Even The Crappy Bits

I saw my first remote control years ago,  Its buttons used hammers to strike tuned aluminum rods that triggered a motor to rotate the tuner.  It seemed very intricate and very expensive at the time, beyond the reach of normal people.

Today, remote controls are so ubiquitous that the Modern Family episode I saw last night was intricately written that to miss a second would have lost you important jokes.   Not does it dynamically keep your attention, it can stand multiple viewings.

There was a time, before users thought that they should have a choice about every second of their viewing time, that people actually learned to sit through the slow bits, the quiet bits, even the crappy bits of what they were offered.   Options were limited, it took effort to change the channel and fast forwarding wasn’t even considered, so we learned to take what came, whatever it was.

Today, though, in an information economy, attention is the ultimate commodity.  People just tune out of the bits that they consider noise, switching the content in a desperate attempt to find the perfect content for them, without all the challenging, slow or hard bits.

How do we engage a workplace, for example, where someone has to do the shit work, when we believe that we are entitled to a remote control which lets us choose which parts we should have to go through?  When we think that we know better, that we should have the final edit of everything that we pass through, making it more convenient, more comfortable, more tailored to our impulse and whims, how do we learn to work through the crappy parts?

There is a reason that things today are much more sensation based, designed to grab and hold attention rather than making people work hard for the payoffs they get.  By not demanding investment from the participants, the results become much less satisfying to them, much less rewarding.

In an age where the remote control is ubiquitous, teaching us that we can zap past the stuff we find to be crappy, attention, discipline and grace have become skills to learn rather than becoming regular habits.   We begin to think that our precious time is being wasted when we feel forced to sit through something that we didn’t choose, don’t have direct control over, even if the choices we would make for ourselves don’t come with any thought, structure or conscious priorities.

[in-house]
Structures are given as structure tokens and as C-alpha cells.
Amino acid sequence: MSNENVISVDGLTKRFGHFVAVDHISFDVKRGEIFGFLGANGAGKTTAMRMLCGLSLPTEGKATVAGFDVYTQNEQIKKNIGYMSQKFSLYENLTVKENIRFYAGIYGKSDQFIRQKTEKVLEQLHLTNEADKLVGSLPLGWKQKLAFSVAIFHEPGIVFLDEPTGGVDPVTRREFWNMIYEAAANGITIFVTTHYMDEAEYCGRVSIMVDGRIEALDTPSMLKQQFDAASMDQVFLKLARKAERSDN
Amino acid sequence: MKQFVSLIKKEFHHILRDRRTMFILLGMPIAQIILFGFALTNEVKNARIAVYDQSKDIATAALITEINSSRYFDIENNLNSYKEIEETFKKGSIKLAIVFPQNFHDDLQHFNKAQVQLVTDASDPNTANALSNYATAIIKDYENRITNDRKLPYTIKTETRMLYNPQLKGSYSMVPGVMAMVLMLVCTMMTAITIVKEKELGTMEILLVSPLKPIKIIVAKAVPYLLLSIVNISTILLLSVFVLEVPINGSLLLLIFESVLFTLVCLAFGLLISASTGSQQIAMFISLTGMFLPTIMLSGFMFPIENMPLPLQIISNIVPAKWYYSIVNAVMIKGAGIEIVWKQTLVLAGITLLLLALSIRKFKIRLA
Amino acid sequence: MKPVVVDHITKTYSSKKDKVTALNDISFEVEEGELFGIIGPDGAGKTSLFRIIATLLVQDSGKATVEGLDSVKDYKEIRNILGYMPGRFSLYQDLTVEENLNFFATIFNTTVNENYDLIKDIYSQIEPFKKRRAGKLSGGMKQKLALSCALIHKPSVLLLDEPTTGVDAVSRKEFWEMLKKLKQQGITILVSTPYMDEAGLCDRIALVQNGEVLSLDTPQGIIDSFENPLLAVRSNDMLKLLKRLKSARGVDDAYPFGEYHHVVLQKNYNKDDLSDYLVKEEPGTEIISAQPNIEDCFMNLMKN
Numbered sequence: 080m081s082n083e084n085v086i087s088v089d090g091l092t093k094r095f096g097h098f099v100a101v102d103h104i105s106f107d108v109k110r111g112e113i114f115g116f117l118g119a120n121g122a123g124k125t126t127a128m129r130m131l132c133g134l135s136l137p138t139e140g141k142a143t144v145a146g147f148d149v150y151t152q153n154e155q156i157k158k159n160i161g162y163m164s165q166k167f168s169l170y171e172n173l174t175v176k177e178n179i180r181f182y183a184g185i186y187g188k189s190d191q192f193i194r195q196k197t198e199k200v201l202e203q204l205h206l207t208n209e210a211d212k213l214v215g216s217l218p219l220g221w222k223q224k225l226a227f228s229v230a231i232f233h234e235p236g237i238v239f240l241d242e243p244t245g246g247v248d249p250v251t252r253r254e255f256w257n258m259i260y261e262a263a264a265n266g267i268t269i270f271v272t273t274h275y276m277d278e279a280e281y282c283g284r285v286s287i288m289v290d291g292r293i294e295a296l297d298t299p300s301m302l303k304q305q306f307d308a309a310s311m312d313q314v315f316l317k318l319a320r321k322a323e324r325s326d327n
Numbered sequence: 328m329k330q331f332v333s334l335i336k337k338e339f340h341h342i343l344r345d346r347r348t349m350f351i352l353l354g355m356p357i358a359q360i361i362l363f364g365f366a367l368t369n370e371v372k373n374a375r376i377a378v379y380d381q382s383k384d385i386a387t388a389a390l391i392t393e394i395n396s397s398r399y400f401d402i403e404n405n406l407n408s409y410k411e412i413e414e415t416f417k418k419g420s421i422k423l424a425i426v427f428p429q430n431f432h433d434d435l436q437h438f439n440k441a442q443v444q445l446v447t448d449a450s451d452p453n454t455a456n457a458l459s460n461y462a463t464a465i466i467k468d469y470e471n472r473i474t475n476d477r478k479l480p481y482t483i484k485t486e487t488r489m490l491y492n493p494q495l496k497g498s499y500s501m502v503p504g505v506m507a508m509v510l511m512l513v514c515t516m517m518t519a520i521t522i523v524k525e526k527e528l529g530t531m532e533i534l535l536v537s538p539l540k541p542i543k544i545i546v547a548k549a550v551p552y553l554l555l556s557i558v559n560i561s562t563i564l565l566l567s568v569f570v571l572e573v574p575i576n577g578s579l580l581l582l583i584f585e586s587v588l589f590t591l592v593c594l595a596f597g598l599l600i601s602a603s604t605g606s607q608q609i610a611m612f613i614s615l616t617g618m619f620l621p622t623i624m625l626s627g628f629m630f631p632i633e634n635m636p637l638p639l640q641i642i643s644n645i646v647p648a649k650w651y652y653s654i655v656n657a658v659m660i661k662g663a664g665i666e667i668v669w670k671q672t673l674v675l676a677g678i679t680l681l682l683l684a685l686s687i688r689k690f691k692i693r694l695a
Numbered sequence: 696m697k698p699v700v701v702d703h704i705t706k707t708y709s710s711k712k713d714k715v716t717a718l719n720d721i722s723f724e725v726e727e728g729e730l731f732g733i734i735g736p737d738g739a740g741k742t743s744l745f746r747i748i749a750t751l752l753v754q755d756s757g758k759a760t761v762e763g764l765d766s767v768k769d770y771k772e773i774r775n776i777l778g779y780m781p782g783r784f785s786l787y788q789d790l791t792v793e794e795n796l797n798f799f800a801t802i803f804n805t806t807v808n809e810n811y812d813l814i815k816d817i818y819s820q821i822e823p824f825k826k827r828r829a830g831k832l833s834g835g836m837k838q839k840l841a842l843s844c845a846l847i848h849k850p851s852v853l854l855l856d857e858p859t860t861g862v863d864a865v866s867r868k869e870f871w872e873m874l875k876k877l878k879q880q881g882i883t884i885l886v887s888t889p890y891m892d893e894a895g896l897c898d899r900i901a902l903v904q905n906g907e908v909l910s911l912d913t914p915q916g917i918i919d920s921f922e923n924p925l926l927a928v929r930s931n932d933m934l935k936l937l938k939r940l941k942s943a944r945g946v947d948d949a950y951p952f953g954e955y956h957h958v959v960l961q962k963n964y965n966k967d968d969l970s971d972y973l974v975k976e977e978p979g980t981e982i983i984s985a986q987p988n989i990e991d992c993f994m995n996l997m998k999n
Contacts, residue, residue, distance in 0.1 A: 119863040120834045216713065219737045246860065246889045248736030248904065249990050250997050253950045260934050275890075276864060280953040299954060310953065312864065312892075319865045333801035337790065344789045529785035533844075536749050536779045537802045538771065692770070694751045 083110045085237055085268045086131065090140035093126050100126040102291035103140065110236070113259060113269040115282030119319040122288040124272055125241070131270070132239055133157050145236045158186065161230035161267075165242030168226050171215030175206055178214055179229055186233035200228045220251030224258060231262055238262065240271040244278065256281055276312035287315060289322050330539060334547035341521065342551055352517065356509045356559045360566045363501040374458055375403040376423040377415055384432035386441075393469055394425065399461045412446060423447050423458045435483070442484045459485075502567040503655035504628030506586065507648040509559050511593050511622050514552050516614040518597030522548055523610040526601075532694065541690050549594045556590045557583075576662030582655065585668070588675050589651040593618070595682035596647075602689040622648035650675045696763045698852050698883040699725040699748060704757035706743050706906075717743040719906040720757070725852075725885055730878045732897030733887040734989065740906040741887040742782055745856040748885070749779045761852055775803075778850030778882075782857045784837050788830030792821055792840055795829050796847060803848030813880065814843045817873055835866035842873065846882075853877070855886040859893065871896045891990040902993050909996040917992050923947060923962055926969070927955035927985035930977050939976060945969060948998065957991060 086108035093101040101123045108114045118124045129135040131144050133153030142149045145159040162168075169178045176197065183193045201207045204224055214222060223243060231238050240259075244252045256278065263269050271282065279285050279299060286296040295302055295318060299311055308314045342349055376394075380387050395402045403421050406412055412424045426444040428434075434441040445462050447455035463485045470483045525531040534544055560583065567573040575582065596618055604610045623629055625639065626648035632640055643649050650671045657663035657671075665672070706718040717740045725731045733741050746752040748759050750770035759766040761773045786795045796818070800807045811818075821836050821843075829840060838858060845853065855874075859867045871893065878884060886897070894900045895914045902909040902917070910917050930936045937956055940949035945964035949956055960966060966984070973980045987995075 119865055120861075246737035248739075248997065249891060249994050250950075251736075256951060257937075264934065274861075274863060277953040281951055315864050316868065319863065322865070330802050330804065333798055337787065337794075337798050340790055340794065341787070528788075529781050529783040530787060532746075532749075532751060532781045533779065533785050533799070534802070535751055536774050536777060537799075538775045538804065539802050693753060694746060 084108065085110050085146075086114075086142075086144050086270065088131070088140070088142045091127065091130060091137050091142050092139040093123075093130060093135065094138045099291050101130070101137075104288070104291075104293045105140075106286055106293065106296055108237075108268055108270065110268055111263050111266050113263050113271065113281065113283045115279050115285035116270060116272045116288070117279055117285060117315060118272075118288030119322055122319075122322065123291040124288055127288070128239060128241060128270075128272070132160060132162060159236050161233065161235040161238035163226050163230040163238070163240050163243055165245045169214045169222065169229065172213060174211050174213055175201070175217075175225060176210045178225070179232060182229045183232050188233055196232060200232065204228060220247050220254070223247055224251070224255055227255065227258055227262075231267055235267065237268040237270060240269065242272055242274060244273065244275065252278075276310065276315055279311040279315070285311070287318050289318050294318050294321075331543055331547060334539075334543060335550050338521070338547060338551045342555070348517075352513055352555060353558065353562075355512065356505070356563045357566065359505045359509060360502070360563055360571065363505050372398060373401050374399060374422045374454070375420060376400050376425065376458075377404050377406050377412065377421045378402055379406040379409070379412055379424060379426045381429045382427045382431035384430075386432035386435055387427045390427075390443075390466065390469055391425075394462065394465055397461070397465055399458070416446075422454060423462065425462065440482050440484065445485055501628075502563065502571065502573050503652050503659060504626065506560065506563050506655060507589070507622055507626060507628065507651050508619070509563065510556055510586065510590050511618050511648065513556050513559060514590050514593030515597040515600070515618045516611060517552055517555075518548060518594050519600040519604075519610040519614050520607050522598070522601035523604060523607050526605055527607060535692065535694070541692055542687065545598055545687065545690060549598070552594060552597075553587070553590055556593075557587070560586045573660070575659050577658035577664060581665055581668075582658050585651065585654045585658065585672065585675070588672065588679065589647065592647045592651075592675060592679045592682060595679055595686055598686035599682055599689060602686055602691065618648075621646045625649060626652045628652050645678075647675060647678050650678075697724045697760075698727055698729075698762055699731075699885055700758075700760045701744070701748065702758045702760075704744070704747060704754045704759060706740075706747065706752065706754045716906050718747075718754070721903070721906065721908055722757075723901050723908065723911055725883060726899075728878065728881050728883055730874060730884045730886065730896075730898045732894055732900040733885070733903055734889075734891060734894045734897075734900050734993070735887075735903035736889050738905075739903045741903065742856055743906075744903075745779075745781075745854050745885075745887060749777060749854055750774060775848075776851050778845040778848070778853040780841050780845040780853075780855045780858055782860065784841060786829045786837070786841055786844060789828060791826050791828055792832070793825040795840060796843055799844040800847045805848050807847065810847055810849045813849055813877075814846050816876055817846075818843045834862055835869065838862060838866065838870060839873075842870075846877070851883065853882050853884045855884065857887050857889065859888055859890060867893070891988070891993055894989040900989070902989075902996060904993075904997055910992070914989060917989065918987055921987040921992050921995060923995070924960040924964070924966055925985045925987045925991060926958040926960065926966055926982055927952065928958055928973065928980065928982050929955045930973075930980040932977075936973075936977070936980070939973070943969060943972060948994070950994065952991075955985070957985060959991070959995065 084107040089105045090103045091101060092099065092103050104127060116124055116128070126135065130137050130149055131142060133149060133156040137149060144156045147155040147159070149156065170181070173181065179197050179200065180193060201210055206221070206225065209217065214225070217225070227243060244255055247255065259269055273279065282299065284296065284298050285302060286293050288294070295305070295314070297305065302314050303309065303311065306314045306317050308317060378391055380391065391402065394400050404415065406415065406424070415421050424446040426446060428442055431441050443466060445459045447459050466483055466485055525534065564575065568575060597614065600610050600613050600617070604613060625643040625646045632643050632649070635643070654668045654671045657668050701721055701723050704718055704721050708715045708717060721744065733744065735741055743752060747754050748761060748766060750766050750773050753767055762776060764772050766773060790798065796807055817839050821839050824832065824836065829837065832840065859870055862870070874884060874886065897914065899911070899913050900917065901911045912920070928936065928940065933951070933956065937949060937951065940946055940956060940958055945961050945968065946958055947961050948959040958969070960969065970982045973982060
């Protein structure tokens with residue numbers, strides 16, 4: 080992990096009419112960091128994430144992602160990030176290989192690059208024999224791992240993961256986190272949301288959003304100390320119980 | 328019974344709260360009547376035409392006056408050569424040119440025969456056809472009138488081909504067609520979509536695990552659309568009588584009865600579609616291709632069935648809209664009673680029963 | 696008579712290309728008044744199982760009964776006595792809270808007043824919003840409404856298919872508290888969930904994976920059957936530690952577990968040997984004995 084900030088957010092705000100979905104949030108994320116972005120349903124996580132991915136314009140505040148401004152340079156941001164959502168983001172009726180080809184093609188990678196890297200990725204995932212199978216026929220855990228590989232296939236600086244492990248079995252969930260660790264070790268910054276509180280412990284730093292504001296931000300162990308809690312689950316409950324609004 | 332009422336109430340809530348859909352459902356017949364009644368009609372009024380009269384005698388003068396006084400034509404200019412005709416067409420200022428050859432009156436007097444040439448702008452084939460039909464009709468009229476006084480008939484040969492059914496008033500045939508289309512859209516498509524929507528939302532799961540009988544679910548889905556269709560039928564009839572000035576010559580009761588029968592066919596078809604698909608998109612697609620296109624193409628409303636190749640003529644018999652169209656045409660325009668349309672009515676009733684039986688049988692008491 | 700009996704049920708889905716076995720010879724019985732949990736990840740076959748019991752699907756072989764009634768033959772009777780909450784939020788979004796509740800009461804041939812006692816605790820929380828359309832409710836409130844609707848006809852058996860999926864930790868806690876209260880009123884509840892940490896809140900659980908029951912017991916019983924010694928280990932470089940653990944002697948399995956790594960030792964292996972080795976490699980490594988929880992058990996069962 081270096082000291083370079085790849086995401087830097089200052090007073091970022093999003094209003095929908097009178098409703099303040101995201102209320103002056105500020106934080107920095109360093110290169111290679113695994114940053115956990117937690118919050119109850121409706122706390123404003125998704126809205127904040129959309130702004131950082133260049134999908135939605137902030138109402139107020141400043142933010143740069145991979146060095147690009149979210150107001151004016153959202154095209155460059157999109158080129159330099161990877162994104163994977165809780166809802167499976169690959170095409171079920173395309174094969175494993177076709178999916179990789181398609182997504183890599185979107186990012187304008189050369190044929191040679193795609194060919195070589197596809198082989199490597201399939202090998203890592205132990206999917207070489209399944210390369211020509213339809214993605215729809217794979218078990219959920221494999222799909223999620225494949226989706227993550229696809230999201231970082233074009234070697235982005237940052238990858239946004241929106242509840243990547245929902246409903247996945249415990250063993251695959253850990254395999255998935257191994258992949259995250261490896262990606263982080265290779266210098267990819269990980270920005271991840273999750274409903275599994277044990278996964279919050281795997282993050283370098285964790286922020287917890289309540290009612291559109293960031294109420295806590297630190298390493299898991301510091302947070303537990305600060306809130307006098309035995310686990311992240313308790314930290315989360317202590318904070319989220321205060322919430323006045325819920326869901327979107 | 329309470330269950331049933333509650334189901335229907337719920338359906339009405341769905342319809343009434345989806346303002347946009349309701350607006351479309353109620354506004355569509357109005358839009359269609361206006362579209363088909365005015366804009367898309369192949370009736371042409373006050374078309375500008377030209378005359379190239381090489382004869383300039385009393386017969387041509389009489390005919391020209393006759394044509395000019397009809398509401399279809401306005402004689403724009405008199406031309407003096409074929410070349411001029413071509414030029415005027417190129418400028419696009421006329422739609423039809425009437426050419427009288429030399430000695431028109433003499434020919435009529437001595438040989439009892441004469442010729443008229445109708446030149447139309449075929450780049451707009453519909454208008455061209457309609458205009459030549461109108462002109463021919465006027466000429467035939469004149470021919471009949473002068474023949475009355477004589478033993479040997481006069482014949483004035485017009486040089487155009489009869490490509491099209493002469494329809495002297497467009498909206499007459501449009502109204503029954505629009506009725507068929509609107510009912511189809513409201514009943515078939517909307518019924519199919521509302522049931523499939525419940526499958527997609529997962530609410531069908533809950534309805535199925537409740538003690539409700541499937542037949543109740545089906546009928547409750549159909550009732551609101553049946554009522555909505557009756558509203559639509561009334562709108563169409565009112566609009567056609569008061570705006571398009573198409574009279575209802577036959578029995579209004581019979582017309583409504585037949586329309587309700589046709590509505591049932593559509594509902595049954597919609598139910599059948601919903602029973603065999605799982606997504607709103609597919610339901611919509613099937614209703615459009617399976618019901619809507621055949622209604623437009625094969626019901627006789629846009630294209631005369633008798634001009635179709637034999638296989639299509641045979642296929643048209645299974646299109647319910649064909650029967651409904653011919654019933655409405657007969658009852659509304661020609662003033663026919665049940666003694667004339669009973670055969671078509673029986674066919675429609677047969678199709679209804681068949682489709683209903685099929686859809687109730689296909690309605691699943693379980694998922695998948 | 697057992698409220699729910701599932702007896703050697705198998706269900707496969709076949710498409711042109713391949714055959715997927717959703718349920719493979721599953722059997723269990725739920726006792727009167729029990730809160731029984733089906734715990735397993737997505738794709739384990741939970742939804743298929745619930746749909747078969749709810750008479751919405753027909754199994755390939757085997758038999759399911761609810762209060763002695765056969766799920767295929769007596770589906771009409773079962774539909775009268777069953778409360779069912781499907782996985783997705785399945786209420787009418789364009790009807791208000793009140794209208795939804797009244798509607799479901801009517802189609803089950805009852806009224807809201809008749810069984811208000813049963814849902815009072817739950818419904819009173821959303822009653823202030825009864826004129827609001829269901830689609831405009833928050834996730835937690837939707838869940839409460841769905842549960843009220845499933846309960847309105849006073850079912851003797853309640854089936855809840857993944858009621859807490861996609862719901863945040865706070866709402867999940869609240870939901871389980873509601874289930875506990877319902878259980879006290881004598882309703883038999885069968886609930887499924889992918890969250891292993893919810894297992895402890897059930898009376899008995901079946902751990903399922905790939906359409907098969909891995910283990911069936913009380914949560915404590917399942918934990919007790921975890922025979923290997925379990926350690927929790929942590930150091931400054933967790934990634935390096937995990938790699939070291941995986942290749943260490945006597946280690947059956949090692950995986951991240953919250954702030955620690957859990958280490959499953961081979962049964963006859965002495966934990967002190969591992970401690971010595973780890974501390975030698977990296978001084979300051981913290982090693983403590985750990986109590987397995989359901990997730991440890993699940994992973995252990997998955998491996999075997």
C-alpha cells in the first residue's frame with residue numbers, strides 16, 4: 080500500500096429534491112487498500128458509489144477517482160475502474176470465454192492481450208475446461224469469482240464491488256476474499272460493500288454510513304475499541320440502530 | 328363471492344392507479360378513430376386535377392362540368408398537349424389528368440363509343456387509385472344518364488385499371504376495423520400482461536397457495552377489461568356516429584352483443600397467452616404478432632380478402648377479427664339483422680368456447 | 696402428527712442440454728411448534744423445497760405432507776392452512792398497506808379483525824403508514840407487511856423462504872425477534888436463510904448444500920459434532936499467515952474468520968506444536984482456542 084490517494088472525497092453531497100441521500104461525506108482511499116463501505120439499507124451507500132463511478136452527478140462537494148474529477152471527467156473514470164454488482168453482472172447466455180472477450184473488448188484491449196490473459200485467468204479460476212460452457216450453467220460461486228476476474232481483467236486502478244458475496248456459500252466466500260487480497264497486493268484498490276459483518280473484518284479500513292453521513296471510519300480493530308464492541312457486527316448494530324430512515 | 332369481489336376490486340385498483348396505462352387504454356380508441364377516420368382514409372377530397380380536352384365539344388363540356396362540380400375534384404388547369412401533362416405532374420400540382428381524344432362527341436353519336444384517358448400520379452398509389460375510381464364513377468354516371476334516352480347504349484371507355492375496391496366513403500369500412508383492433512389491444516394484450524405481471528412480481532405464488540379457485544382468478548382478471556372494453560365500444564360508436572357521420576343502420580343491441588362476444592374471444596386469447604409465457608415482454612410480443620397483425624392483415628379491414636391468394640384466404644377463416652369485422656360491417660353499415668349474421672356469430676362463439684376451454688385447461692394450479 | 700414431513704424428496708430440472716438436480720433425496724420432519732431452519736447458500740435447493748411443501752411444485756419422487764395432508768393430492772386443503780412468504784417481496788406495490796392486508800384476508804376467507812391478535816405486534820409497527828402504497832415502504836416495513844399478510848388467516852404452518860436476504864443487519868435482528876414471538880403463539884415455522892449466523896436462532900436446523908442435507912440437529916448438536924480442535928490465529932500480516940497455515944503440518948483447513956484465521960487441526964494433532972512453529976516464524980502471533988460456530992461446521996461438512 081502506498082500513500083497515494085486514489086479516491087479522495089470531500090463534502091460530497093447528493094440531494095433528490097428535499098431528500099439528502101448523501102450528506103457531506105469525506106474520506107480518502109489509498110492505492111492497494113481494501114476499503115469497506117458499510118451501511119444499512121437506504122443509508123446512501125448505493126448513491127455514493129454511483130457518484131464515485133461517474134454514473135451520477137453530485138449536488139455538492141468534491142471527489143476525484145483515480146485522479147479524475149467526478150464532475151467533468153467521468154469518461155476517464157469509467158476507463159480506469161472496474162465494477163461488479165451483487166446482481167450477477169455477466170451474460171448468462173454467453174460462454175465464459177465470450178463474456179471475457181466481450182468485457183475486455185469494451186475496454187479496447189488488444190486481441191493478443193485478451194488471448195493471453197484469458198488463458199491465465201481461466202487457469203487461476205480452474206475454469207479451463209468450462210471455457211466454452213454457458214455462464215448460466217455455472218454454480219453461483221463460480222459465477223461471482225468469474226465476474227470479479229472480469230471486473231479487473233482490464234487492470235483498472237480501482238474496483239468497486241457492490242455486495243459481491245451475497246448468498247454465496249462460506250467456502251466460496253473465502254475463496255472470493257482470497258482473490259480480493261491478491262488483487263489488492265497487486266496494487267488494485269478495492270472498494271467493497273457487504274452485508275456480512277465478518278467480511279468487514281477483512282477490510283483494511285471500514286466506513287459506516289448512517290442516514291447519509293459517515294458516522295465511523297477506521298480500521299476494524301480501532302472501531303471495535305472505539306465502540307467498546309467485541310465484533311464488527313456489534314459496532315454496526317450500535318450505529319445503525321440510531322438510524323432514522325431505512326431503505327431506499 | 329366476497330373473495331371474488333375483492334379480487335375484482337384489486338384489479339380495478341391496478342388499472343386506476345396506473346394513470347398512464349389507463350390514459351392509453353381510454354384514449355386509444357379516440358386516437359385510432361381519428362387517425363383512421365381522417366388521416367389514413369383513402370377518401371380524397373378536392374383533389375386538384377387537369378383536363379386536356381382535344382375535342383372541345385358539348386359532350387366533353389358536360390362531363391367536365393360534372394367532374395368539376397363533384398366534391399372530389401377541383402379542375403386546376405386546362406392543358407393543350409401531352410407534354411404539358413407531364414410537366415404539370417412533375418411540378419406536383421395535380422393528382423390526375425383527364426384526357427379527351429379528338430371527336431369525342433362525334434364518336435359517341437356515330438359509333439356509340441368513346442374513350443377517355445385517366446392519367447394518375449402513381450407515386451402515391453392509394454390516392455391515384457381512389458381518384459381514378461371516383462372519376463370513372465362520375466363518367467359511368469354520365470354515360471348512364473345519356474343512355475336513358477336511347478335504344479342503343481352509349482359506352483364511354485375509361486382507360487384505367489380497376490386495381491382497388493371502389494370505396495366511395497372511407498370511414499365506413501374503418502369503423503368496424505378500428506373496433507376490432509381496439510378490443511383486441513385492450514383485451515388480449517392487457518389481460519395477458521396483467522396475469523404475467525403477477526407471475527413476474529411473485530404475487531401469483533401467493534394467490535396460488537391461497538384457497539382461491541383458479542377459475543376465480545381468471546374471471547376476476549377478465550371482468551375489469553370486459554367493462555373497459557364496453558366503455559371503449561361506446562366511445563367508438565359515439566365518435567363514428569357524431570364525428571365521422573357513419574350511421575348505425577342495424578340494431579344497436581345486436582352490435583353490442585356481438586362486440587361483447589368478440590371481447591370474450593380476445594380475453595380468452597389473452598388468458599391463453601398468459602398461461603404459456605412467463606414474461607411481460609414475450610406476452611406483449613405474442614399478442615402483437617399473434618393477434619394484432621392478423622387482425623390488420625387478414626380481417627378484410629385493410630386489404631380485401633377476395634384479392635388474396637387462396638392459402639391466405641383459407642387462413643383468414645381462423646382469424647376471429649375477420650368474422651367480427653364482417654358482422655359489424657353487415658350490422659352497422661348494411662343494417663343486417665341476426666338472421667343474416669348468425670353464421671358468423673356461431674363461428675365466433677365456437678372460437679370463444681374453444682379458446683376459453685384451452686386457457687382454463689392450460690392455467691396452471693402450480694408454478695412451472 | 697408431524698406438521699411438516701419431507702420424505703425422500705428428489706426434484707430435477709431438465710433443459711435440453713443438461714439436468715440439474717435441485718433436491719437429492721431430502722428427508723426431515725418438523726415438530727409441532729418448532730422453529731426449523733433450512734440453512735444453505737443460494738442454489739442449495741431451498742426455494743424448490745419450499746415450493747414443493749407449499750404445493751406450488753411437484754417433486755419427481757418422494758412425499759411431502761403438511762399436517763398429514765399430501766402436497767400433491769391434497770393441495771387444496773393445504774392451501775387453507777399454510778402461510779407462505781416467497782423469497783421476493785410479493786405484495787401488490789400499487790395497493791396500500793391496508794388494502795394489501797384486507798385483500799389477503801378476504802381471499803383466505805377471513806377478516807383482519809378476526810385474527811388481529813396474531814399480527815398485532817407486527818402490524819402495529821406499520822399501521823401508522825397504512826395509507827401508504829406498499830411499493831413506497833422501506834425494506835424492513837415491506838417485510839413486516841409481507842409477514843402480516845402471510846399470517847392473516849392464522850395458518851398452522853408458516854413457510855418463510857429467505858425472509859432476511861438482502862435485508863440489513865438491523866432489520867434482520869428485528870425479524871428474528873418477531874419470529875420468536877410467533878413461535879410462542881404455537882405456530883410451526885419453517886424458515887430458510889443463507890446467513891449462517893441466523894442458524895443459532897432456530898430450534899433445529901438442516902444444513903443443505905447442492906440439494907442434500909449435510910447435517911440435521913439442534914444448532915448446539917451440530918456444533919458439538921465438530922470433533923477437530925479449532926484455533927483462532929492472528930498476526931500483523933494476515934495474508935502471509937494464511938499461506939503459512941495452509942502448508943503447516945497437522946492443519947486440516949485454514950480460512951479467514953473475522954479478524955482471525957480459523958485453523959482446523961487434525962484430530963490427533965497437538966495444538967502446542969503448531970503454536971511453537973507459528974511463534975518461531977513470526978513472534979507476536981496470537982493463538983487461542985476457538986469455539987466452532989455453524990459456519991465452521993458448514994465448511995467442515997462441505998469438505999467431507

Learning to respect what we get, even if it isn’t what we would choose to get, is a key part of growing up.  There is a reason we drag kids to assembly’s, church services, town pageants and bluegrass festivals; we want them to learn to be a good audience, present and receptive even when everything there is not of their choosing.

Nothing we engage in will ever be perfect, be it a variety show, an education, a job or a relationship.  The reason that new relationships feel so amazing, for example, is not so we can only stay in relationships until they feel like work, but so we can take the edge off and do the hard work of building patterns, understandings and trust.  Just cherry picking the buzz stops us from ever getting deeper, finding more meaning, building something more lasting.

Roll your own doesn’t mean only taking the fun bits and leaving the crappy ones.   Your imagined magic remote control won’t take the challenging and difficult parts away, won’t negate the need for grace, patience and discipline.

Life.   You actually have to be present to win.